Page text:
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Concentration of CO2 in the Atmosphere

A Step in the Right Direction

Meet the Companies That Are Upcycling
Ocean to Turn the Tides on Shoe Manufacturing

Adidas Parley mid-sole is 3D printed from recycled ocean waste. Image: www.arch2o.com.

By Chris Gillespie

When it comes to carbon emissions, the textile industry is the world’s second biggest polluter behind the oil and gas industry. A significant portion of the textile industry’s footprint comes from footwear. With their multi-material designs, paper-intensive packaging and short-sighted style and durability, an overwhelming amount of the 25 billion pairs of shoes manufactured each year are not made with sustainability in mind.

Fortunately, apparel and footwear companies around the world are realizing that they can lessen their own carbon footprint while simultaneously working to help solve another environmental crisis: the amount of plastic in our oceans. After recovering, or in some cases, intercepting, discarded plastic from coastal habitats, manufacturers are able to upcycle the plastic into materials which can be used to make most, if not all, of a brand new shoe.

With this in mind, if you or your family are in the market for new shoes this fall, whether for back-to-school or for early holiday shopping, consider supporting one of these innovative, ocean-friendly shoe brands.

Adidas

In 2015, iconic sportswear brand Adidas partnered with Parley for the Oceans with the goal of using ocean plastic to make high-quality athletic wear that would be indistinguishable from goods made with virgin plastic. Nearly five years later, Adidas and Parley have sold over a billion dollars’ worth of shoes crafted from upcycled ocean plastic and have helped keep over 2810 tons of plastic waste out of the ocean. In addition to this, Adidas has begun incorporating recycled plastic into their clothing, completely eliminated plastic bags from their stores and aims to use 100% recycled polyester in their products wherever possible by 2024.

For more information, visit adidas.com/us/parley.

Sperry

Sperry’s BIONIC ® Collection creates shoes using yarn spun from plastic recycled from marine and coastal environments. Image: www. sperry.com/en/bionic

As a brand that specializes in boat shoes and other nautical-inspired footwear, Sperry feels a special obligation to keep the oceans that their products evoke clean and healthy. Earlier this year, Sperry released their new Sperry BIONIC ® Collection, which creates shoes using BIONIC’s signature yarn which is spun from plastic recovered from marine and coastal environments. Together, BIONIC and Sperry’s other mission partner, Waterkeeper Alliance, have, to date, recovered the equivalent of 4.2 million plastic bottles from marine environments, using an average of five upcycled plastic bottles for each pair of Sperry BIONIC ® shoes.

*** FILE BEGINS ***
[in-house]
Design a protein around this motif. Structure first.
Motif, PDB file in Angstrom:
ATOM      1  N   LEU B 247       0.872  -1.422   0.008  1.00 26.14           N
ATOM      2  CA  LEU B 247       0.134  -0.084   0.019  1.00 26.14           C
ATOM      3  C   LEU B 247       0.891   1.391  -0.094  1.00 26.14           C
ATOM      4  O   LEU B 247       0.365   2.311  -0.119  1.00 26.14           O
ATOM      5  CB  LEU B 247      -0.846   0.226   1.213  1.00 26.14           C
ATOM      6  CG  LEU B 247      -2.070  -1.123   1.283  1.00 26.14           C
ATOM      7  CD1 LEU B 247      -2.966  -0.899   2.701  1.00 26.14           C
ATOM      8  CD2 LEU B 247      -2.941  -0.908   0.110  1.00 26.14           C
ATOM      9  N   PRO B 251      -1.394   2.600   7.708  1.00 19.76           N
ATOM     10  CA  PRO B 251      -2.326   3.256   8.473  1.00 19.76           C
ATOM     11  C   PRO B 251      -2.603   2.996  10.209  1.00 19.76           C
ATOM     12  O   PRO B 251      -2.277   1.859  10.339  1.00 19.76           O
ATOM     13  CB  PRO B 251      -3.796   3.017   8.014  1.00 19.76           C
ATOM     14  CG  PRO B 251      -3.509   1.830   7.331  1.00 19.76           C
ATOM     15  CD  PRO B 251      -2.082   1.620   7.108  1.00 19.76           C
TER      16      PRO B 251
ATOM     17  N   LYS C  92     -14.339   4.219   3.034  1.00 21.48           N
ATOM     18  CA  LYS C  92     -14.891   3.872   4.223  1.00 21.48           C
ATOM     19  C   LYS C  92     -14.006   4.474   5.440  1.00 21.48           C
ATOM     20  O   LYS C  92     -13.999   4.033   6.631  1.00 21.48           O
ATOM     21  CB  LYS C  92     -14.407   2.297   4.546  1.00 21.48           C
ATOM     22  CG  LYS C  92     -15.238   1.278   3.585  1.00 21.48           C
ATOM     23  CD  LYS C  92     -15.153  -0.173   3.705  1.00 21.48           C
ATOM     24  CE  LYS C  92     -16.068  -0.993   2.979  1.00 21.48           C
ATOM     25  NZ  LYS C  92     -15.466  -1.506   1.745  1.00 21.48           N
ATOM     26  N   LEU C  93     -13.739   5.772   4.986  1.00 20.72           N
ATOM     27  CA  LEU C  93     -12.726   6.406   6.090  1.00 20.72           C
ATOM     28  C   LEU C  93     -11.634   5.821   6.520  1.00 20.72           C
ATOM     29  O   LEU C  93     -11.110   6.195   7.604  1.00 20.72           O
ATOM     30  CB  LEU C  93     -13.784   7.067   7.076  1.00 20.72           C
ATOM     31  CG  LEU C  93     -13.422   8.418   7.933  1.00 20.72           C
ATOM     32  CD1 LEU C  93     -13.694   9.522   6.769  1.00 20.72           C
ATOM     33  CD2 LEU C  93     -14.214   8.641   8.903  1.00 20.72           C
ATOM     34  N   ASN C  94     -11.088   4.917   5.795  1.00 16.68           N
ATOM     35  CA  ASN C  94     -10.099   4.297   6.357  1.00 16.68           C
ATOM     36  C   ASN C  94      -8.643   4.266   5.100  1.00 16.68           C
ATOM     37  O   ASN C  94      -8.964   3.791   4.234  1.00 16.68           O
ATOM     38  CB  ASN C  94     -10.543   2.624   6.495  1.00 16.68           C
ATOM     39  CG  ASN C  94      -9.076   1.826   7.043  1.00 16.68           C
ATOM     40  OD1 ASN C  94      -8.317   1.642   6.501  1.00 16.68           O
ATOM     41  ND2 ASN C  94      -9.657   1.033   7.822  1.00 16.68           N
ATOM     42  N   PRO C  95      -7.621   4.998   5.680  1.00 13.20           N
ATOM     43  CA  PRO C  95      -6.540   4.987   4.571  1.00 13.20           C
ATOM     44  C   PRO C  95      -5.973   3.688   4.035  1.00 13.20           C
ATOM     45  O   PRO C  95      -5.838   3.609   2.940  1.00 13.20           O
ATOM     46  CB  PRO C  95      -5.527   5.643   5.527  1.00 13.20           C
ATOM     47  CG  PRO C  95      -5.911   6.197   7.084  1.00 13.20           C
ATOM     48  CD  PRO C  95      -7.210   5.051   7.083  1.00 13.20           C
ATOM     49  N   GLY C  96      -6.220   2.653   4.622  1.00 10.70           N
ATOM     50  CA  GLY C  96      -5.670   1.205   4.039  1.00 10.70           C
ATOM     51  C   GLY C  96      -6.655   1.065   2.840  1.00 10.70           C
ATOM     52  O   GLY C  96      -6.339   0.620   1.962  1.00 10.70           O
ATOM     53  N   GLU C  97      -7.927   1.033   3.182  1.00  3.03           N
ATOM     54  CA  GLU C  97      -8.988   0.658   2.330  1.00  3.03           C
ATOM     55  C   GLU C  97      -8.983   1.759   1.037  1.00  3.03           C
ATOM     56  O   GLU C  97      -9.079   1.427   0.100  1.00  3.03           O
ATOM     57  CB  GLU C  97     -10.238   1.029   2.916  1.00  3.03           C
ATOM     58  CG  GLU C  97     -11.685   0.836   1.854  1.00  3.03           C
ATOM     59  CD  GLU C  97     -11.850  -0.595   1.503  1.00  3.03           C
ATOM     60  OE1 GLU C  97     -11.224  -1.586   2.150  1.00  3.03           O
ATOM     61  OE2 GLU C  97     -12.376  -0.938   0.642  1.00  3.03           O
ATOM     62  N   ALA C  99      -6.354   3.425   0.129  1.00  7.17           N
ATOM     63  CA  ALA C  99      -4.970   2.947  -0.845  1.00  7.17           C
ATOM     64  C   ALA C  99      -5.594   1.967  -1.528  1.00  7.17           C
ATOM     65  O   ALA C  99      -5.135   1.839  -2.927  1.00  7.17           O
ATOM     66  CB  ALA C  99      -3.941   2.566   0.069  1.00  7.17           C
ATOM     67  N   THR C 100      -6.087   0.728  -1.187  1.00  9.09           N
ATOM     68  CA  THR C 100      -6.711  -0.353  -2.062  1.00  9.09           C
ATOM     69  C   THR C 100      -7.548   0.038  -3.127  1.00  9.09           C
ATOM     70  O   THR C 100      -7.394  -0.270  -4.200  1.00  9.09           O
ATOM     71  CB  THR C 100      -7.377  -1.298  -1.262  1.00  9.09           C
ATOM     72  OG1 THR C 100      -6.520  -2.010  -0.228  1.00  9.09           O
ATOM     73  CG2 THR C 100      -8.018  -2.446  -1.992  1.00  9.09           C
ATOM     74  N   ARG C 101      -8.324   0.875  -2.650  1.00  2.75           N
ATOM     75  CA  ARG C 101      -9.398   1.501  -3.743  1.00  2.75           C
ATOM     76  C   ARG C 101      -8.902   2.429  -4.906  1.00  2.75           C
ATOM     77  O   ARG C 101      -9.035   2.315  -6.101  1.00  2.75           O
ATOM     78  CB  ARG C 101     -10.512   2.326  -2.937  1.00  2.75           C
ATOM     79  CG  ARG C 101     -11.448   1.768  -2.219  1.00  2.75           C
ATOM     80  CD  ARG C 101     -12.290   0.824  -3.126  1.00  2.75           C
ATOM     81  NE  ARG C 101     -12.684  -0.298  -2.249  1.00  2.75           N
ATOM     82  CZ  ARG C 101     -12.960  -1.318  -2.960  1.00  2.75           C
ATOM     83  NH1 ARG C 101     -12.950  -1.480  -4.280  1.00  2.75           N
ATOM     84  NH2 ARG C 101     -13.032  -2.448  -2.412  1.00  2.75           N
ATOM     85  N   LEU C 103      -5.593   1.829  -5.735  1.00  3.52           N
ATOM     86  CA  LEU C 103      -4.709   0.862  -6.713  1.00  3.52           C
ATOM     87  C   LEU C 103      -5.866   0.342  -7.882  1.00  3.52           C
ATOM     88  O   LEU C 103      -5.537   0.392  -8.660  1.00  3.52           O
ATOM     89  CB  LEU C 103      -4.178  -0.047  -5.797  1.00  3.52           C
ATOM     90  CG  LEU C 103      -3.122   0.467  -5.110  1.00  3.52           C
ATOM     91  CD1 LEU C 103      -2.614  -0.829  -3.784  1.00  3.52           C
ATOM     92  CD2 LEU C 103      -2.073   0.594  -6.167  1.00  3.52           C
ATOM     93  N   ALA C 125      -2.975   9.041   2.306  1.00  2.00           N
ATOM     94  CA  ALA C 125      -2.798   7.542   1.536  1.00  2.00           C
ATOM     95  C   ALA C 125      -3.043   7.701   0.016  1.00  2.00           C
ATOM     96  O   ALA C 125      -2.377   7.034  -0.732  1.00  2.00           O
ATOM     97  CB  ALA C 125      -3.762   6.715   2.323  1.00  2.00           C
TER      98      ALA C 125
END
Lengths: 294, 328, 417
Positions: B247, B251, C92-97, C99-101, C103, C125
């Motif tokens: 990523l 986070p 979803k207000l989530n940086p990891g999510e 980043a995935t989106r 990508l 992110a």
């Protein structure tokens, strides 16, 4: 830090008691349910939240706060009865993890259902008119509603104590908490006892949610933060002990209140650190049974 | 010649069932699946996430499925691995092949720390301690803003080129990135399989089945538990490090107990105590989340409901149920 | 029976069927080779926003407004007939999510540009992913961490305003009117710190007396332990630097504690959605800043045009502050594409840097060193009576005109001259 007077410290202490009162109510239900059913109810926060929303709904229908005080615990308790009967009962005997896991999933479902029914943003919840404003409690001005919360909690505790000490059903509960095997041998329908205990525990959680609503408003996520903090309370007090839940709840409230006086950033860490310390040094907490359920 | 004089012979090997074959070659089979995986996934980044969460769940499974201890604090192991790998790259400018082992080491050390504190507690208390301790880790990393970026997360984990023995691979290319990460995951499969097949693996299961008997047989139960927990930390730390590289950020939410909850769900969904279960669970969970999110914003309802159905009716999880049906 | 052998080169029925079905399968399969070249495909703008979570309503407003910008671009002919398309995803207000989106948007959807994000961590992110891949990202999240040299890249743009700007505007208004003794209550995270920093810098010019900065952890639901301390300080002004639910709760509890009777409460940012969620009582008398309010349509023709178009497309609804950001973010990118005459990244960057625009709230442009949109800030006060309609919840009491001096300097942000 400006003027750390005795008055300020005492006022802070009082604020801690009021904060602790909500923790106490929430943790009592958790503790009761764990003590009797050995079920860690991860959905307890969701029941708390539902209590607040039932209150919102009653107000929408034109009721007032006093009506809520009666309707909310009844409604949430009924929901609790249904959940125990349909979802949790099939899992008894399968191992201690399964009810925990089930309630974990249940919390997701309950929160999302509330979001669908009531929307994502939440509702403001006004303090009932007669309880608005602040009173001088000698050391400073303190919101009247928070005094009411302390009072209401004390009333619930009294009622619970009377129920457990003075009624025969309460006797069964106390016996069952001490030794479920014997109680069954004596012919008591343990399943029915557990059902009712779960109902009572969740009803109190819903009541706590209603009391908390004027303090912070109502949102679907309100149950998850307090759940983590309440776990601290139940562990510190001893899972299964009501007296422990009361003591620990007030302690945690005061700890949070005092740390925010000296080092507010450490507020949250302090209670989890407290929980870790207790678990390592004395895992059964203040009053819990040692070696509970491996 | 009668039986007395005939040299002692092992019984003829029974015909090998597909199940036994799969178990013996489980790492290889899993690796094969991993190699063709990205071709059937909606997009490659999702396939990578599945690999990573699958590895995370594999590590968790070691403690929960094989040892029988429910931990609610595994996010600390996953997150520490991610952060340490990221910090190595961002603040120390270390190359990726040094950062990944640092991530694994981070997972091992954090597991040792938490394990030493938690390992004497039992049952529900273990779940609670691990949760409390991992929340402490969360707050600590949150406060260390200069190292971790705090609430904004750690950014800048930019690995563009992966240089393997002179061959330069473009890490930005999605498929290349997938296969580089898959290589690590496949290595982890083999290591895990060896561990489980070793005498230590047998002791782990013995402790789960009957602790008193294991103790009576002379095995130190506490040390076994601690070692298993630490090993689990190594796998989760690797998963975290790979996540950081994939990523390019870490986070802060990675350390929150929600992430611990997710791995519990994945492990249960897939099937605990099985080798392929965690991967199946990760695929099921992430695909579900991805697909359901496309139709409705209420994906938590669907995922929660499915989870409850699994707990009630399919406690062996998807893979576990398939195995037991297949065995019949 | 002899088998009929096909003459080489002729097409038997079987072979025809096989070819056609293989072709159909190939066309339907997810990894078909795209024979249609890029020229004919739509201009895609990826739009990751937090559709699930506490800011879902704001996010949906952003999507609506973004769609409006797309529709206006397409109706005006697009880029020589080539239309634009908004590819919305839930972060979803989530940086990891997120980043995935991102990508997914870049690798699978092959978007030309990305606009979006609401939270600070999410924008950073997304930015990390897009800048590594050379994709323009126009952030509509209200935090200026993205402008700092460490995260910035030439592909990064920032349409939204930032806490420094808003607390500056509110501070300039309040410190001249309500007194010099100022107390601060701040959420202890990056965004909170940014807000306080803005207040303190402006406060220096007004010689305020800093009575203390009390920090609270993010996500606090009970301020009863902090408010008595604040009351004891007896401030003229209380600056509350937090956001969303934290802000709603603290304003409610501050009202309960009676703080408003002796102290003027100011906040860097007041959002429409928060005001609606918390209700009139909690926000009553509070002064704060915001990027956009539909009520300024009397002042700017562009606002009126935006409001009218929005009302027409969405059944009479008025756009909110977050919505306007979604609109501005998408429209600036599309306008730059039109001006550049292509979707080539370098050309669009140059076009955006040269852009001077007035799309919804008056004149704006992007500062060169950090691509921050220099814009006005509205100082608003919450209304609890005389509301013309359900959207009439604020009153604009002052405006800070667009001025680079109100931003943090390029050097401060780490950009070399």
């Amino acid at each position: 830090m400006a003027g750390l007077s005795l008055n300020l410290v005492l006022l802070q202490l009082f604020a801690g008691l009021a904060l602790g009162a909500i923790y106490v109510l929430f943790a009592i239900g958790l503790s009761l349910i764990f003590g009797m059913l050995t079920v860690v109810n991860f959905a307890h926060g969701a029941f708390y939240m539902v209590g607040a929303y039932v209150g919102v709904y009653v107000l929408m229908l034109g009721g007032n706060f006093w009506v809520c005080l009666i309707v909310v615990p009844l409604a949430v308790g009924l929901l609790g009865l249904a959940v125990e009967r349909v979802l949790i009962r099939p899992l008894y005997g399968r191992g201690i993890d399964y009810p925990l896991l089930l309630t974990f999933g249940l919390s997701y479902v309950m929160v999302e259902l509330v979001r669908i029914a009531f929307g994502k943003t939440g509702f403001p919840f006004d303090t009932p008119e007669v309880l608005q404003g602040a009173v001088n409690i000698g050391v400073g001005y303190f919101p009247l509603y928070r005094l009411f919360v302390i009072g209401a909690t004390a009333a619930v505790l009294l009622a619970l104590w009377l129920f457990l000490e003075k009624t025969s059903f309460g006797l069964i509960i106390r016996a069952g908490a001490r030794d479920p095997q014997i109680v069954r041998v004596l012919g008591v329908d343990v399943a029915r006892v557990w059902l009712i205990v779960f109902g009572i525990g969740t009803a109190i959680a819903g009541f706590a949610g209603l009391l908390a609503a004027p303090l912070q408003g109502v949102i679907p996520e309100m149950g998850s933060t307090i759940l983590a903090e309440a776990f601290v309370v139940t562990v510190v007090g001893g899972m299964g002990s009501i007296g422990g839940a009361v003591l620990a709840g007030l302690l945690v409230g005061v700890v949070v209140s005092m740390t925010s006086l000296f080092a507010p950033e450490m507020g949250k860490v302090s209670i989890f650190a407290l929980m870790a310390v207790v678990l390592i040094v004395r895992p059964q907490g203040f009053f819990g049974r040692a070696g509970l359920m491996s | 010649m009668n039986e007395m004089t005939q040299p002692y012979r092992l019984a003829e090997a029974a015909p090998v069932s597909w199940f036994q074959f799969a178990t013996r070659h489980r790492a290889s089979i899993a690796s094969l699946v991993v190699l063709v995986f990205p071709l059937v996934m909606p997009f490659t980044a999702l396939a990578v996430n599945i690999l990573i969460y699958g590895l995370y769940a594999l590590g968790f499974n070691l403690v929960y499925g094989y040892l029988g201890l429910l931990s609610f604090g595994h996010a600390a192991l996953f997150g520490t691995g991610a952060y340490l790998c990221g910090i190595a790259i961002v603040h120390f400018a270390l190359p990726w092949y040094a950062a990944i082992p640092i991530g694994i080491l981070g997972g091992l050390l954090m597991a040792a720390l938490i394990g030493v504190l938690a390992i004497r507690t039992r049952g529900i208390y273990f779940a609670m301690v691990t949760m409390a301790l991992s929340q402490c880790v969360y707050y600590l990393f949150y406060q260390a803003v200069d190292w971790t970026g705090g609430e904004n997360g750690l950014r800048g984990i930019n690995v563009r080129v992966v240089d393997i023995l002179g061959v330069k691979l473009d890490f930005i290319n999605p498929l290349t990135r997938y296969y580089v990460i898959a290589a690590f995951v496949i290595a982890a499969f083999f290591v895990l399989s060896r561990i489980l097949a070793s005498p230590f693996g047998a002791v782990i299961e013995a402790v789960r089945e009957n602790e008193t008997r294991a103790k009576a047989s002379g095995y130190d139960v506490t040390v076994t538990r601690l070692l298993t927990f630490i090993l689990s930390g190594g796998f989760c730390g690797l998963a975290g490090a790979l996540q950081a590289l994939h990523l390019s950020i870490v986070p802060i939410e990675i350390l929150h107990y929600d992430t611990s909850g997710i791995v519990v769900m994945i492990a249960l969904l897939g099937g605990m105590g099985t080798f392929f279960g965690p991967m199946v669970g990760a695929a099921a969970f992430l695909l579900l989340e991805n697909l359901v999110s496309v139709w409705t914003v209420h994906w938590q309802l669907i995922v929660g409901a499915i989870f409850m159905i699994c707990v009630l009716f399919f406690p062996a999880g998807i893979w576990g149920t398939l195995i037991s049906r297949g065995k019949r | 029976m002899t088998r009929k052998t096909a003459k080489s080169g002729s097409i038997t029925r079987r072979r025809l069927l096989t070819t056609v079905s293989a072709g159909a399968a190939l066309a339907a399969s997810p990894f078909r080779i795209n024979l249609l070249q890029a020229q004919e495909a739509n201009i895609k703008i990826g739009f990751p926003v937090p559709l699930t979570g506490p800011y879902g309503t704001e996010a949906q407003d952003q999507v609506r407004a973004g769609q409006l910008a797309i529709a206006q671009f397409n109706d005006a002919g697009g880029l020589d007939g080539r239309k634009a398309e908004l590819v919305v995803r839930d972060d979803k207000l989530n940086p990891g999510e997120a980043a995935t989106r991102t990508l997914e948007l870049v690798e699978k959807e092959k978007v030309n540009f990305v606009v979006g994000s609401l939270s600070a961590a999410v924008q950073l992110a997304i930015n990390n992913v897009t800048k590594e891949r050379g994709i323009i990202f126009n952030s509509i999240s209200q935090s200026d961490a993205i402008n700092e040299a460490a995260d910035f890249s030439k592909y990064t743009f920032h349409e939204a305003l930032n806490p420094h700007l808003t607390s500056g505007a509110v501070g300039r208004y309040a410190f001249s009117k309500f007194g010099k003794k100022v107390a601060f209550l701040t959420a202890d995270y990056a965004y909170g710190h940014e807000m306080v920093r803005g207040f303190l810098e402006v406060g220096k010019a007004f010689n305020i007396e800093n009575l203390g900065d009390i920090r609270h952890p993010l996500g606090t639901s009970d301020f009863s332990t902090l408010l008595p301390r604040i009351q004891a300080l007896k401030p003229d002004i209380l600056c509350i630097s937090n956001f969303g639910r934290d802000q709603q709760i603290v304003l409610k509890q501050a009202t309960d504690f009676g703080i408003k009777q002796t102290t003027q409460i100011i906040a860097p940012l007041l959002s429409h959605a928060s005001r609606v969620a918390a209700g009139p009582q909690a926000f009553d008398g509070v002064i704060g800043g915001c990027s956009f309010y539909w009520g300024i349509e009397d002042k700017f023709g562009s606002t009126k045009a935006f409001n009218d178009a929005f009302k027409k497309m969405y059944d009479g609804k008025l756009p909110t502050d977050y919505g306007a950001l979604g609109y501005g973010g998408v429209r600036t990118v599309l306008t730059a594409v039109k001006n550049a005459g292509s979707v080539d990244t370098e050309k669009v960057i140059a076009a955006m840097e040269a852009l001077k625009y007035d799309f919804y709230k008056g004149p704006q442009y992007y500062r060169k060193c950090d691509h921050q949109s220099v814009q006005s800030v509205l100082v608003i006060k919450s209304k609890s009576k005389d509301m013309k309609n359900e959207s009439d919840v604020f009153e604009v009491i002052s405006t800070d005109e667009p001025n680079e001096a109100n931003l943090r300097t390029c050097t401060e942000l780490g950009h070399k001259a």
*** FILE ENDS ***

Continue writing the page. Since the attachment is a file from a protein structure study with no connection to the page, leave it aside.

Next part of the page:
For more information, visit sperry.com/en/bionic.

Rothy’s collection of stylish flats are environmentally-friendly and durable. Image: plugin-magazine.com

Rothy’s

Rothy’s is a women’s shoe company built on sustainability. By using upcycled plastic bottles to create the knitting for their shoes, as well as vegan, recyclable, carbon-free rubber for the soles, Rothy’s collection of stylish flats are ecological and durable. In fact, Rothy’s products are so durable, they can even be machine washed, allowing their owners to maximize their lifespan and continue enjoying clean, sheik shoes for miles and miles. In addition to this, Rothy’s shoes are shipped in 100% recyclable biodegradable shoe boxes that are made from 85% post-consumer recycled material and are durable enough to be shipped by themselves, as to prevent box-in-a-box shipping.

For more information, visit rothys.com/sustainability.

SAOLA

SAOLA shoe collections are manufactured from recycled plastic bottles and environmentally-friendly materials. Image: www.saolashoes.com.

Named after one of the rarest and most endangered species in the world, SAOLA is as passionate about finding new ways to implement eco-construction techniques in their shoe development as they are wildlife conservation. SAOLA’s collections of men’s and women’s everyday shoes are built from recycled plastic bottles as well as several other innovative, environmentally-friendly materials. By partnering with Bloom Foam, SAOLA has been removing harmful algae from lakes and rivers and using it as a main ingredient in their shoes’ soles. SAOLA then uses cork, a highly renewable material, to finish their soles with extra comfort and odor-resistance. On top of this, 1% of all SAOLA shoes sold will support volunteer efforts to supply sustainable water systems to wildlife communities in Africa.

For more information, visit saolashoes.com.

Indosole uses discarded tires to produce its footwear collection. Image: indosole.com.

Indosole

Certified B Corporation Indosole is working to reduce the build-up of another impervious man-made substance in our natural environment: tires. Similar to plastic, tires are practically indestructible when it comes to decomposition, so discarded tires have been collecting and damaging waterways and other habitats around the world for a century. The team at Indosole intercepts old tires before they are thrown away and cuts them by hand into soles of various shapes and sizes. These soles are then attached to the upper halves of the shoes, which are woven from various natural materials like grass, banana leaves and organic canvas.
Indosole is best known for their ESSNTLS line of flip flops and slide-on sandals, however, they also sell a variety of other flats as well.

For more information, visit indosole.com.

Chris Gillespie is a contributing writer for Green Energy Times. He can be reached at chris@greenenergytimes.org.

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